JAMES HAMILTON, Vice-President.

WILLIAM WARDLE, Secretary” [25]

It appears that the king never managed to meet the Muslims for his schedule was tight and he quickly headed on to another city. He would return in 1895. 

With two books published, converting non-Muslims, and a Muslim king visiting Liverpool, everything seemed to be going as planned but on 4th August, Quilliam’s father, Robert Quilliam, at the age of 57, would breathe his last at home and passed away. Quilliam was no doubt shattered at the news. Three days later, Robert would be buried in St James’s Cemetery [26]. What happened to Quilliam? Who consoled him? Was he present at his dad’s funeral? What did the Muslims that surrounded him do? These details are at the present time unknown.

Quilliam would disappear from the newspapers for almost a month until the 28th August. It was the Muslim “New Year” on that date, marking the 1307th year since Muhammad had to flee oppression in Mecca and went to Medina to lead the community there– known as the Hijra or Migration. The Muslims of Liverpool, including Quilliam, commemorated such events [27].

In early September, Quilliam defended Michael Maloney in court, who was accused of stealing £3 19s [shillings] 11d [pence] from the Custom House (a building in Liverpool which had a post office, dock office, and collected taxes on food import and export) and therefore the money belonged to the Queen [28]. 

Speaking of money, Quilliam had his own from his legal practice and he got more – not stolen from the Queen – from the inheritance his father had left him. He certainly needed it because some time in autumn, the Muslims of Temperance Hall would suddenly be ejected. The landlord could not accept a person who rejected Jesus Christ as the “Redeemer of the World” [29], and thus the Muslims had no base to operate from.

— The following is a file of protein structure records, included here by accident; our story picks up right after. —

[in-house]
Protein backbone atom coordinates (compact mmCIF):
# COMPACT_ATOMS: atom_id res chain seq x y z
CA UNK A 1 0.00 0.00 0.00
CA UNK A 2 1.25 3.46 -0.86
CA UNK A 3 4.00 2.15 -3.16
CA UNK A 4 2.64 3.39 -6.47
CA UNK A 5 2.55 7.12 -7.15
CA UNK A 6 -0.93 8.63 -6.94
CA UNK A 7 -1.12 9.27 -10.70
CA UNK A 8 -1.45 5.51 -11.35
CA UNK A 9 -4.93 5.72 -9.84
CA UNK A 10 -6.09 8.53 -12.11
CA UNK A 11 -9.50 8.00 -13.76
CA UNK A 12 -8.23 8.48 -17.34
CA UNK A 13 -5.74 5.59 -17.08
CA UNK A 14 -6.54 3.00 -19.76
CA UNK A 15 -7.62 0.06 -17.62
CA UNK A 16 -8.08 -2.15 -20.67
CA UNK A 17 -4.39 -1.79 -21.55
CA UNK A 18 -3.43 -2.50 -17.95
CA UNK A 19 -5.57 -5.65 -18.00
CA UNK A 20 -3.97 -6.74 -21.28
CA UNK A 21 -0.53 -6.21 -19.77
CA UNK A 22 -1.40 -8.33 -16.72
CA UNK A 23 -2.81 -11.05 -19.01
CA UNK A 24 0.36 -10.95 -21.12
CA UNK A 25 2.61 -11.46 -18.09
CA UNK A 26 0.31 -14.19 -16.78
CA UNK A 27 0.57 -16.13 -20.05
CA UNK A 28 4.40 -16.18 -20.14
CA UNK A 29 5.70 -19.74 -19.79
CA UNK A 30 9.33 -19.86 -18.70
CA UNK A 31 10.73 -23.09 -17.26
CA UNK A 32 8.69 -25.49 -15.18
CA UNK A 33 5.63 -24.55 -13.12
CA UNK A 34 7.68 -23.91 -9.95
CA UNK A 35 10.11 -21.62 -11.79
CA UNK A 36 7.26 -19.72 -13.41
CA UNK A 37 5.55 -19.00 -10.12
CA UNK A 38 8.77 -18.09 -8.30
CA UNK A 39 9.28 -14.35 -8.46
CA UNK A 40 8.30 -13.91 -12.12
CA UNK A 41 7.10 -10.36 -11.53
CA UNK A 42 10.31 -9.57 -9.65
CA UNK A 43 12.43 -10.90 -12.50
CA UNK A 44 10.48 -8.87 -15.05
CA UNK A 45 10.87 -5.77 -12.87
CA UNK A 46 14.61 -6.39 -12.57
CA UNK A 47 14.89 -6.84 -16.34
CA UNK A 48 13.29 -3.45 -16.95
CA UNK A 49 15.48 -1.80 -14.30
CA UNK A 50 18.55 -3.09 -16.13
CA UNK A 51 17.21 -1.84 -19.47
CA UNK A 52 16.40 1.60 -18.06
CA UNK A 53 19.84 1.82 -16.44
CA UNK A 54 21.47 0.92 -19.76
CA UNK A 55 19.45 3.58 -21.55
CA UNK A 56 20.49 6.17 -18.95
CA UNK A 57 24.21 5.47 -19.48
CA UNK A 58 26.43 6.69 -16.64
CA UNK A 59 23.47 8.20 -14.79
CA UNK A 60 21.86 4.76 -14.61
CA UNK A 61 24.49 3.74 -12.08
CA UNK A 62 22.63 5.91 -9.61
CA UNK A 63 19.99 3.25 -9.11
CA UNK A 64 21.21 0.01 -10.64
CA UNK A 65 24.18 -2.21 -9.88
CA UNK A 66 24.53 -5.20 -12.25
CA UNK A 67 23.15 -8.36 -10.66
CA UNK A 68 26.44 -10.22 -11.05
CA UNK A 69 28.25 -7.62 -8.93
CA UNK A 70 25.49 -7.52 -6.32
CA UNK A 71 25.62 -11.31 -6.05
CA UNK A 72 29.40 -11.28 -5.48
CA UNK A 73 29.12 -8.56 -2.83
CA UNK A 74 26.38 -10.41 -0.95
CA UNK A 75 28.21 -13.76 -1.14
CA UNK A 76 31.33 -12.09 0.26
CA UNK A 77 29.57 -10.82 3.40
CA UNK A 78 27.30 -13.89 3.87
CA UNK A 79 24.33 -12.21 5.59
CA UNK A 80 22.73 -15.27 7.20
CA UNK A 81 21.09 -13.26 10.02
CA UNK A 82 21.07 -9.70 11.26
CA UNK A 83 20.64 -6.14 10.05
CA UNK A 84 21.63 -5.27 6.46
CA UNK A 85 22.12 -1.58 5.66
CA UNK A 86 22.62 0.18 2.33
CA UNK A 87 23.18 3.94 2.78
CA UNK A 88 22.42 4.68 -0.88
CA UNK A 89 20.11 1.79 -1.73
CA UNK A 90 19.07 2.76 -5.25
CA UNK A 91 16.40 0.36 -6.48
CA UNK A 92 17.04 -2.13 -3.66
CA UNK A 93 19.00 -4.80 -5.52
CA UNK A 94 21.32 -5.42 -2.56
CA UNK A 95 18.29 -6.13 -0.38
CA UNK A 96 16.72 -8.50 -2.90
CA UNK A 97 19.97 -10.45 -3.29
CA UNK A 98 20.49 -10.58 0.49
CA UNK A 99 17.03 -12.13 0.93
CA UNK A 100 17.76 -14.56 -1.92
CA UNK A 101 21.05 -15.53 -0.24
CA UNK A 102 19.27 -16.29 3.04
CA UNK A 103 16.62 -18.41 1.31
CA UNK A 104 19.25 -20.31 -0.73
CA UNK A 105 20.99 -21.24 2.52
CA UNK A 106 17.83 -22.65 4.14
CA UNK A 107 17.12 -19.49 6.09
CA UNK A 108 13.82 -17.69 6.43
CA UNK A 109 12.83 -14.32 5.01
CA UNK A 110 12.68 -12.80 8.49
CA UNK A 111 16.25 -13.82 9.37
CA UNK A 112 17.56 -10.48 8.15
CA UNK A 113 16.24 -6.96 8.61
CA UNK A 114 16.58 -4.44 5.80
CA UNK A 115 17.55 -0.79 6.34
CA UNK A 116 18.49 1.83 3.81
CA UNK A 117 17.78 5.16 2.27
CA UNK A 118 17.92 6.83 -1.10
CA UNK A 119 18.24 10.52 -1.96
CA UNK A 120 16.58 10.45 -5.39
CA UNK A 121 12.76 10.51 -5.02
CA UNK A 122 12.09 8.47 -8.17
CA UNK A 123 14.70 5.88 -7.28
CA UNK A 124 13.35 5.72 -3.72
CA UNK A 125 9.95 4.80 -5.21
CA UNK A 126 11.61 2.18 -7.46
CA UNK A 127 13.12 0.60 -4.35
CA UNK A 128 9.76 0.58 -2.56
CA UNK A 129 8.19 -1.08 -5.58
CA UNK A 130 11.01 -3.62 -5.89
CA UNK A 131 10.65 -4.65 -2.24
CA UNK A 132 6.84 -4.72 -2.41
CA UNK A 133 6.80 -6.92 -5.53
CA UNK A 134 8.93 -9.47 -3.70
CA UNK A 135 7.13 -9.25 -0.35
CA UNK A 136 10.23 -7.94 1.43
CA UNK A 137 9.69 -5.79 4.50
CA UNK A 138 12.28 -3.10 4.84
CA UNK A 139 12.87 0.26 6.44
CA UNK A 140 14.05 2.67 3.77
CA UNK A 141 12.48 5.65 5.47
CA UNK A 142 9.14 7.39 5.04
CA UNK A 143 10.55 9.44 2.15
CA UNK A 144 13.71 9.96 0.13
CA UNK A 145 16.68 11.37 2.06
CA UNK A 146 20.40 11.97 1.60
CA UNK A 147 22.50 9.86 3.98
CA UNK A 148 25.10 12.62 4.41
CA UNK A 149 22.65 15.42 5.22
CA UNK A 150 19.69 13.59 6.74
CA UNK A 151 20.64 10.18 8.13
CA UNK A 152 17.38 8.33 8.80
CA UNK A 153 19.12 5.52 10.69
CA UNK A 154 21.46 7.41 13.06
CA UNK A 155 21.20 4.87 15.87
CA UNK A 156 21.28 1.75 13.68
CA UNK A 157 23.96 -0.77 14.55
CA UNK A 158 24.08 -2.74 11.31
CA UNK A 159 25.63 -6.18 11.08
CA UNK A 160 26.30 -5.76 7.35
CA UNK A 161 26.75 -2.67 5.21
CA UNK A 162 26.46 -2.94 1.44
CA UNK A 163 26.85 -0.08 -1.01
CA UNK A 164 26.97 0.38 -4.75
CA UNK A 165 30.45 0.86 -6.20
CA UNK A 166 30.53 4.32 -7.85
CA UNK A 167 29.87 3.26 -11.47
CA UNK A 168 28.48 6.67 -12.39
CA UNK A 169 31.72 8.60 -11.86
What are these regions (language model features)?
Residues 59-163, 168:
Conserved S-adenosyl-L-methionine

Stranded and an orphan but with wealth in his pocket and determination in his heart, Quilliam decided to buy a building to settle and expand like he tried in Temperance Hall.

From late 1889, 8 Brougham Terrace on West Derby Rd, Liverpool, opened as the new home of the Liverpool Muslims, and the Liverpool Muslim Institute was born [30].

References and notes:

My thanks also to Yahya Birt for commenting on an earlier draft of this article. Any mistakes are mine alone.

  1. Shields Daily News, 10/3/1885. Could he be the same man who came to Quilliam in the dead of night, requesting him to defend the two prisoners? See, Geaves, R. 2013. Islam in Victorian Britain. 3rd impression. Kube Publishing. p. 31. 
  2. Desmond, A and Moore, J. 1992. Darwin. Penguin. p. 64. For Quilliam receiving £20, see Geaves, p. 32.
  3. The Star, 16/12/1890. Thanks to Matthew Sharp for providing this reference. He is the author of the upcoming doctoral dissertation “On Behalf of the Sultan: The Late Ottoman State and the Cultivation of British and American Converts to Islam”. 
  4. Liverpool Mercury, 20/1/1885. Stanley Rd and Benedict St still exist. Based on Google Maps from 2015, in the corner there is “Neil’s Barber Shop” and in the other corner there is a house. Perhaps Neil’s shop was Black’s shop.